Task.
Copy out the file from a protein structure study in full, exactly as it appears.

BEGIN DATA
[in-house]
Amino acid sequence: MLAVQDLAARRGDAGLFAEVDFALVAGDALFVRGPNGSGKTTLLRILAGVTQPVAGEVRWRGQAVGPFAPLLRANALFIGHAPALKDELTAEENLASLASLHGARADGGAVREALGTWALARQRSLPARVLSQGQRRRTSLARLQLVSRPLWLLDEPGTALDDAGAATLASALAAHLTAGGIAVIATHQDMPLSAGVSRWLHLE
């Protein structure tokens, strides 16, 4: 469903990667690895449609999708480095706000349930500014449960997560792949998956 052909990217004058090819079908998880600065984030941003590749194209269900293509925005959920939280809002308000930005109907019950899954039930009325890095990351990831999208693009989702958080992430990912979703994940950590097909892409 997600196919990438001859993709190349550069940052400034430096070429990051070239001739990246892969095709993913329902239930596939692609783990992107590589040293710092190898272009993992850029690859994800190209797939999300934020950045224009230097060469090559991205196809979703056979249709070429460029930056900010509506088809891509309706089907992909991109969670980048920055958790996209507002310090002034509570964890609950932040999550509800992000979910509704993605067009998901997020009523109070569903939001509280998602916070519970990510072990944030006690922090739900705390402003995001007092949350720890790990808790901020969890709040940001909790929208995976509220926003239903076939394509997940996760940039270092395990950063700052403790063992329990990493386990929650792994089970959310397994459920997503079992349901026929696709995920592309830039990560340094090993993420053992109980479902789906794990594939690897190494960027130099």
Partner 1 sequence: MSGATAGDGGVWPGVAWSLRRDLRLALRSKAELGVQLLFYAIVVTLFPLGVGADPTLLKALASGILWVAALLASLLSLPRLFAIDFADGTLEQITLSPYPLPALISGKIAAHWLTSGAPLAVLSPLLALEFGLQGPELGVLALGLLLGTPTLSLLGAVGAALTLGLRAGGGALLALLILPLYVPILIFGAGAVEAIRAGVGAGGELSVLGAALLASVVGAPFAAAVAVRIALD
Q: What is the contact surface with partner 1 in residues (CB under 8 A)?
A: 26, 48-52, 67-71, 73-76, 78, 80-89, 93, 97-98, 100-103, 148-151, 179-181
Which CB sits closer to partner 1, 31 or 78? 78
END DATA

[in-house]
Amino acid sequence: MLAVQDLAARRGDAGLFAEVDFALVAGDALFVRGPNGSGKTTLLRILAGVTQPVAGEVRWRGQAVGPFAPLLRANALFIGHAPALKDELTAEENLASLASLHGARADGGAVREALGTWALARQRSLPARVLSQGQRRRTSLARLQLVSRPLWLLDEPGTALDDAGAATLASALAAHLTAGGIAVIATHQDMPLSAGVSRWLHLE
């Protein structure tokens, strides 16, 4: 469903990667690895449609999708480095706000349930500014449960997560792949998956 052909990217004058090819079908998880600065984030941003590749194209269900293509925005959920939280809002308000930005109907019950899954039930009325890095990351990831999208693009989702958080992430990912979703994940950590097909892409 997600196919990438001859993709190349550069940052400034430096070429990051070239001739990246892969095709993913329902239930596939692609783990992107590589040293710092190898272009993992850029690859994800190209797939999300934020950045224009230097060469090559991205196809979703056979249709070429460029930056900010509506088809891509309706089907992909991109969670980048920055958790996209507002310090002034509570964890609950932040999550509800992000979910509704993605067009998901997020009523109070569903939001509280998602916070519970990510072990944030006690922090739900705390402003995001007092949350720890790990808790901020969890709040940001909790929208995976509220926003239903076939394509997940996760940039270092395990950063700052403790063992329990990493386990929650792994089970959310397994459920997503079992349901026929696709995920592309830039990560340094090993993420053992109980479902789906794990594939690897190494960027130099």
Partner 1 sequence: MSGATAGDGGVWPGVAWSLRRDLRLALRSKAELGVQLLFYAIVVTLFPLGVGADPTLLKALASGILWVAALLASLLSLPRLFAIDFADGTLEQITLSPYPLPALISGKIAAHWLTSGAPLAVLSPLLALEFGLQGPELGVLALGLLLGTPTLSLLGAVGAALTLGLRAGGGALLALLILPLYVPILIFGAGAVEAIRAGVGAGGELSVLGAALLASVVGAPFAAAVAVRIALD
Q: What is the contact surface with partner 1 in residues (CB under 8 A)?
A: 26, 48-52, 67-71, 73-76, 78, 80-89, 93, 97-98, 100-103, 148-151, 179-181
Which CB sits closer to partner 1, 31 or 78? 78